With most countries around the world enforcing partial or complete border closures due to the COVID-19 pandemic, international passenger travel has all but grounded to a halt, affecting an estimated 91% of the world's population.
An Air Tanzania Boeing 787-8 Dreamliner. Photo by Team VT Aviation
However, the United Republic of Tanzania has gone against the grain and published its "Travel Advisory No. 3 of 18th May 2020." The country now permits foreigners and returning residents access, with enhanced screening at ports of entry and no 14 day mandatory quarantine upon arrival.
This is a move informed by the country's confidence in a decreasing trend of COVID-19 cases, and in line with sentiments recently made by Tanzania's President John Magufuli, where he expressed the need for the country's economic considerations to take precedence over the current health crisis. He has however come under fire for his government's handling of the situation, which has been marked by a lack of transparency in the number of cases in the country, and lacklustre measures towards containing the spread of the virus such as keeping places of worship open.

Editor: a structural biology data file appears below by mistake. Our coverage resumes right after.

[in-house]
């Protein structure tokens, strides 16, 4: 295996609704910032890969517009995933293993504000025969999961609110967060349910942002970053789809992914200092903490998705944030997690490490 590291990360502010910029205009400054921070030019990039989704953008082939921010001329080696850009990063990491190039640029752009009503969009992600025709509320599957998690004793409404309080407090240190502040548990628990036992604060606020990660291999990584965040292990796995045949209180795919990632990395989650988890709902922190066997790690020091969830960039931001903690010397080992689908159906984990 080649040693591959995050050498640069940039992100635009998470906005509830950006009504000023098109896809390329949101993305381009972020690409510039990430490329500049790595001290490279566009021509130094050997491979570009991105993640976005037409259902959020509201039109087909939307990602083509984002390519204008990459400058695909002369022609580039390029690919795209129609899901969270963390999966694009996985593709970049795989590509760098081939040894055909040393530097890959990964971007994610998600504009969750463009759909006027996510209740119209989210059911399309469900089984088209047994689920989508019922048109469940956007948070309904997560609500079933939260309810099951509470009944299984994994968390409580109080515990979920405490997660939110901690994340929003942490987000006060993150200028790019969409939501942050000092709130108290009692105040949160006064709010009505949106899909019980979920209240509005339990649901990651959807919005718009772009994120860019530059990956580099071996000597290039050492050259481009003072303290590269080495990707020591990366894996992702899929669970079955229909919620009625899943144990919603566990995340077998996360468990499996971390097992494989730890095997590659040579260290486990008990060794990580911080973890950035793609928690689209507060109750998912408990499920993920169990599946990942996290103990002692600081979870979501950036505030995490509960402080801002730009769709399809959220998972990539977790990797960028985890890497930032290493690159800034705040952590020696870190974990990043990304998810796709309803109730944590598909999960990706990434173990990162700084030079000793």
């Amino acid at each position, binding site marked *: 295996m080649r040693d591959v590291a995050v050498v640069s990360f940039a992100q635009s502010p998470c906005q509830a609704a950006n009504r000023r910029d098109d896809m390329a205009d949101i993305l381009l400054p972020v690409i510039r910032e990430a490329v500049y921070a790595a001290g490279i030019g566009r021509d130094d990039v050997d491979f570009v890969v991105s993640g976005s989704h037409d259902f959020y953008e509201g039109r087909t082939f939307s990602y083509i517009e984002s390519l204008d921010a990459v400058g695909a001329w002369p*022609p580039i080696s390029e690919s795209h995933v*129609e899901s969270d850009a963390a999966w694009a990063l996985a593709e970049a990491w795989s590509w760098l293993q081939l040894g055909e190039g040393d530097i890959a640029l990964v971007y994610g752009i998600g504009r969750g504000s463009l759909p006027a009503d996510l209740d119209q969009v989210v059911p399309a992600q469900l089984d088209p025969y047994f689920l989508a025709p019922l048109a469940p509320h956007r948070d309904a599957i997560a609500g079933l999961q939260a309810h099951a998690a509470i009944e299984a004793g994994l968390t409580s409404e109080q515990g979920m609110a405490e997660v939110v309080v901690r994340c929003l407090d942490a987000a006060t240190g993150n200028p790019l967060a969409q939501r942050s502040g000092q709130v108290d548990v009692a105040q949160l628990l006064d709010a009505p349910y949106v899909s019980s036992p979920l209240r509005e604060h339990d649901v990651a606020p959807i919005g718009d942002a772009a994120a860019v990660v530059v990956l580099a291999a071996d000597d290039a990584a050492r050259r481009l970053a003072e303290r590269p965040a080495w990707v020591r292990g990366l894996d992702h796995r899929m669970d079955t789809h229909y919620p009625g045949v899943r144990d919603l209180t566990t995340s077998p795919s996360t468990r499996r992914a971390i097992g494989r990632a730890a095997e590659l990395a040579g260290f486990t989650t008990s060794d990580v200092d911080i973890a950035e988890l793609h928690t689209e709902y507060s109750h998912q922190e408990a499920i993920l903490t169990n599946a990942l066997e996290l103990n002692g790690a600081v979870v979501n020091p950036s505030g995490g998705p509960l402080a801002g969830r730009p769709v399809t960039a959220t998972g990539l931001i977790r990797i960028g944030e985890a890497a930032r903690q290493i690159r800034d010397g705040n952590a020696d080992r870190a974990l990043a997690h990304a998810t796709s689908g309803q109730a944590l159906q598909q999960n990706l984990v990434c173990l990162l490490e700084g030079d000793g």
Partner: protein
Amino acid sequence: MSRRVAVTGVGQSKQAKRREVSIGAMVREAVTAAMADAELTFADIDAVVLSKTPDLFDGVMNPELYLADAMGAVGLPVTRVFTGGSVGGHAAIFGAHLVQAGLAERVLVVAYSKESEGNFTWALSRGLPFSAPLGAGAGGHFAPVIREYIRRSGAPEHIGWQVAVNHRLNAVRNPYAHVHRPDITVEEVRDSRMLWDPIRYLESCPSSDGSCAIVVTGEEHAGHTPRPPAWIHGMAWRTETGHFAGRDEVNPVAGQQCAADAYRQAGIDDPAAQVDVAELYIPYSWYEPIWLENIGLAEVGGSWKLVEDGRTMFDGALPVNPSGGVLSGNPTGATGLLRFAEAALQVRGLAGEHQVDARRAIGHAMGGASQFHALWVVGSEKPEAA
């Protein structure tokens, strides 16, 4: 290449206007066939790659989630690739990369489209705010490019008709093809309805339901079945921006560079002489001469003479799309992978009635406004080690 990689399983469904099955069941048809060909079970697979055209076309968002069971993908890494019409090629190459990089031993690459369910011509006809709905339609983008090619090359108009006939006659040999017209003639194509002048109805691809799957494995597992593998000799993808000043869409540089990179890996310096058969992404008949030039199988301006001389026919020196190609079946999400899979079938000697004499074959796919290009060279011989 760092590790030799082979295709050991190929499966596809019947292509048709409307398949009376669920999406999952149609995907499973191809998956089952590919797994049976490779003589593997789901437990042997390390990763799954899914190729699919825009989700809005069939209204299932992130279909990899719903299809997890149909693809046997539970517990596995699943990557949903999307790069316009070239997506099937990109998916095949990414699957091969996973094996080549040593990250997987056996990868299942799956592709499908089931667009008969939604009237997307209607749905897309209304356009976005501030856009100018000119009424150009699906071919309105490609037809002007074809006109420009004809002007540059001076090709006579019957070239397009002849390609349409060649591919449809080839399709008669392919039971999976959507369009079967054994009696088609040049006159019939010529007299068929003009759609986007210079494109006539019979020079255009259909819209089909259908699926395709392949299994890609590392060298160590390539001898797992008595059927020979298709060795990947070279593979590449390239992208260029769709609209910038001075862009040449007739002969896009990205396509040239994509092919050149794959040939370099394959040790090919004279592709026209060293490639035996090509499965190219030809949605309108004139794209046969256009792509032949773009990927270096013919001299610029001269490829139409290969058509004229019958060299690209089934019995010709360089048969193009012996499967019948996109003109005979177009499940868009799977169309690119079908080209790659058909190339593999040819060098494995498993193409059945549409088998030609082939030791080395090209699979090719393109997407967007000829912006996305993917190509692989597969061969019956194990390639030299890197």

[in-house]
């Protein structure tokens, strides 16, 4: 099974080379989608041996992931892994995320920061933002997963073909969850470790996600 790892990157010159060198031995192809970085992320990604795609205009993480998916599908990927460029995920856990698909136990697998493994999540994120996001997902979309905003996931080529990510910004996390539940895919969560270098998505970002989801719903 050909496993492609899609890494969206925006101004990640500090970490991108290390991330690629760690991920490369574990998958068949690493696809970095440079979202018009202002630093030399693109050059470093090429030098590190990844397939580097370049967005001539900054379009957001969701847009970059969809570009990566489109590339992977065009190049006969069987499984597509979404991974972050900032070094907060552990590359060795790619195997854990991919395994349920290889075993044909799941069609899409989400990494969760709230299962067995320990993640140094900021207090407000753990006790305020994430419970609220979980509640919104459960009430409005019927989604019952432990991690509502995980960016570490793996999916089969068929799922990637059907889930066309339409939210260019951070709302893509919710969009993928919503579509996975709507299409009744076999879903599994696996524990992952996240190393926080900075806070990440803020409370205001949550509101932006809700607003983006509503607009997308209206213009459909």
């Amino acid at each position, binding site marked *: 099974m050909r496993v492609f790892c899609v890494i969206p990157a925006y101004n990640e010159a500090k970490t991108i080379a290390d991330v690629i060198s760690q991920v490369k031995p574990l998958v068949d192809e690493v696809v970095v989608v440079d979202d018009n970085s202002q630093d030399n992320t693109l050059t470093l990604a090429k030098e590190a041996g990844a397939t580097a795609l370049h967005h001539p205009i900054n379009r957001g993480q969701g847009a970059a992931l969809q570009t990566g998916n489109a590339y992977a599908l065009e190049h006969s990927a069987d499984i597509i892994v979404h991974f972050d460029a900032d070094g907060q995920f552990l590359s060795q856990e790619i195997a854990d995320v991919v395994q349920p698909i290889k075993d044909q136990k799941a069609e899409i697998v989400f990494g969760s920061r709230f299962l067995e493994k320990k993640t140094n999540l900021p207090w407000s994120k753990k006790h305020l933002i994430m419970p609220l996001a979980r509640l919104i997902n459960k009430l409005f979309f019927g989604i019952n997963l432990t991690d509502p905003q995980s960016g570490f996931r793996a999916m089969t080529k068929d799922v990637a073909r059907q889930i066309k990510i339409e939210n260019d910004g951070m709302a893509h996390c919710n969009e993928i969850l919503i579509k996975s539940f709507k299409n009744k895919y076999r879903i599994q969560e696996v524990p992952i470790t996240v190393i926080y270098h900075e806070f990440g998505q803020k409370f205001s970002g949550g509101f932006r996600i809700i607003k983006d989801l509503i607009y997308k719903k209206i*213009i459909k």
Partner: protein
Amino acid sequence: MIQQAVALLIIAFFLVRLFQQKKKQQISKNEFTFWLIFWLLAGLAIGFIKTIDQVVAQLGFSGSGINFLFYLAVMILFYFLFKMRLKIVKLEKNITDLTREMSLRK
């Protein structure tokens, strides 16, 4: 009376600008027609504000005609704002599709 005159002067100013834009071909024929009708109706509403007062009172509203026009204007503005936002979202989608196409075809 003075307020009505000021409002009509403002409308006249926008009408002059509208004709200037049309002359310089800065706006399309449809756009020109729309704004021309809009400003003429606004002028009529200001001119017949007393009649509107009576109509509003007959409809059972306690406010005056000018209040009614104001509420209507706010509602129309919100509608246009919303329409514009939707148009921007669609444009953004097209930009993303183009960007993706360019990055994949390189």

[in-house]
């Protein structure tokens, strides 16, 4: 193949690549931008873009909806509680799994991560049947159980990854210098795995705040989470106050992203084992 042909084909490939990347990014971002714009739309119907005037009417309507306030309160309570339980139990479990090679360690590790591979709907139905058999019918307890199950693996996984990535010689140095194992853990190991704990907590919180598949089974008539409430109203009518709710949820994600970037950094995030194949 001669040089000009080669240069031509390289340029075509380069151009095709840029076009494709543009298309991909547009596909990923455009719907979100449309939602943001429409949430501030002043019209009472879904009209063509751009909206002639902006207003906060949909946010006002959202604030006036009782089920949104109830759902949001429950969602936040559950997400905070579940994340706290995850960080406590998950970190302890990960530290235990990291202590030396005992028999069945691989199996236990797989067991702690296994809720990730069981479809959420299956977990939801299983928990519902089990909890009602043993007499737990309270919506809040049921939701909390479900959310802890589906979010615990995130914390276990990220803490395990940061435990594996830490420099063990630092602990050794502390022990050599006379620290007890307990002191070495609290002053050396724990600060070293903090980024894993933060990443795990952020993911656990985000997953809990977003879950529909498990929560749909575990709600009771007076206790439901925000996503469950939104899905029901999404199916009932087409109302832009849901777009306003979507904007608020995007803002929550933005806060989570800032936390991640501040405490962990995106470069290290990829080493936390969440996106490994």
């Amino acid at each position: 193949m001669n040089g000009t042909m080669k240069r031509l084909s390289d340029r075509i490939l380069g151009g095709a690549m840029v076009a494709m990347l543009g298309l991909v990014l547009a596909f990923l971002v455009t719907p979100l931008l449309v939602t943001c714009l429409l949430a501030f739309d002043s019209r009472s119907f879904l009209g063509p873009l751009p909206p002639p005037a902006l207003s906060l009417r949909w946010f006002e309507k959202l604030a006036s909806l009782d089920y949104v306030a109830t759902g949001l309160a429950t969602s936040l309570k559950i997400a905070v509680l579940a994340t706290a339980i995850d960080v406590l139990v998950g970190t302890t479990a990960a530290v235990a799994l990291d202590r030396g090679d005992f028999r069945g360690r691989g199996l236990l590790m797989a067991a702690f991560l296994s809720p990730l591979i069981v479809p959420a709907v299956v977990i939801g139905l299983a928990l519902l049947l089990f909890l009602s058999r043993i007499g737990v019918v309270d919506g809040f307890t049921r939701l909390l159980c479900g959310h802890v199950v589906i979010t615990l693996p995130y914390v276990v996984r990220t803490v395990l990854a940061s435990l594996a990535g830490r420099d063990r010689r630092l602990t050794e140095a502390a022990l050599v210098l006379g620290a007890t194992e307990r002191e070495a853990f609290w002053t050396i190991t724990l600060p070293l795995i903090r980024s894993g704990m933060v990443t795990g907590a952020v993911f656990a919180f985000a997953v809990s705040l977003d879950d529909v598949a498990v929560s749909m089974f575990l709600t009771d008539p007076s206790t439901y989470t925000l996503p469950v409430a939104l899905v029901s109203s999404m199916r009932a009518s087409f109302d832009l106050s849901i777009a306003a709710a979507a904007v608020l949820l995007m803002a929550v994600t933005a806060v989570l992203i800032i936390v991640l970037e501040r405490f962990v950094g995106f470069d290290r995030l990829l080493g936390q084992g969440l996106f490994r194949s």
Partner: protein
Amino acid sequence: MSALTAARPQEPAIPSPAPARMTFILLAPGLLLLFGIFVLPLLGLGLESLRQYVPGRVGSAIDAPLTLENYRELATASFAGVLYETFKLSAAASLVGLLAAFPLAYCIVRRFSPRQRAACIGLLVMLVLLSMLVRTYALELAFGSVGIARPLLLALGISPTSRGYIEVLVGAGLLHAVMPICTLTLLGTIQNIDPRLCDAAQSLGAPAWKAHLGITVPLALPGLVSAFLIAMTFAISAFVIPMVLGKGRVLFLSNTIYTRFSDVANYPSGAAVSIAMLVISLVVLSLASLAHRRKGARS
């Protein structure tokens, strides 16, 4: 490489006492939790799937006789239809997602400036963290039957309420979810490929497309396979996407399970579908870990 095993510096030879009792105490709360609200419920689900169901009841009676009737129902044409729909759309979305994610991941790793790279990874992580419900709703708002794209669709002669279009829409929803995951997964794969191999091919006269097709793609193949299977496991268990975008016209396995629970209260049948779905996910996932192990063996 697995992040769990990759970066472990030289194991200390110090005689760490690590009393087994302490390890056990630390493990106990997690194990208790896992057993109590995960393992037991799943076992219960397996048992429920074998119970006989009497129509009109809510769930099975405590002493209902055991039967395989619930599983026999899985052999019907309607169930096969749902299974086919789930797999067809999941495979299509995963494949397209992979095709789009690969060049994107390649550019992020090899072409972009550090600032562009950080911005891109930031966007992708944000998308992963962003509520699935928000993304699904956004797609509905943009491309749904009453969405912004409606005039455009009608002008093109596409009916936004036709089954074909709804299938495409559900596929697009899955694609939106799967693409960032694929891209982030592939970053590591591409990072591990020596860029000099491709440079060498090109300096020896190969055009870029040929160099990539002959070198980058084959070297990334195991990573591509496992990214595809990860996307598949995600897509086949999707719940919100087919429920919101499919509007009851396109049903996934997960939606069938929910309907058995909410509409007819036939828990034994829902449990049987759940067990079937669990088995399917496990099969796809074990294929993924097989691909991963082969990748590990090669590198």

In further explaining the updated directive, Tanzania's Minister of Works, Transport, and Communication Isack Kamwelwe directed the Tanzania Civil Aviation Authority, Tanzania Airports Authority, and Air Tanzania Company Limited to ensure the swift resumption of flights into the country and ensure their adherence to measures put in place by the Ministry of Health.
International travelers and conveyance operators (in this case pilots) have also been advised to "observe adherence to Infection Prevention and Control measures" including hand hygiene, wearing face masks, and maintaining social distance, and truthfully fill out the Travelers Surveillance Form onboard and submit to authorities upon arrival in Tanzania. Authorities also intend to carefully scrutinize flight manifests to identify possible high-risk passengers.
In a recent survey conducted by the International Air Transport Association (IATA), 84% of travelers had quarantine-on-arrival measures as a concern, while 69% said they would be unwilling to travel under such conditions. As international air travel slowly makes a comeback, it remains to be seen if a measure such as Tanzania's will gain widespread adoption.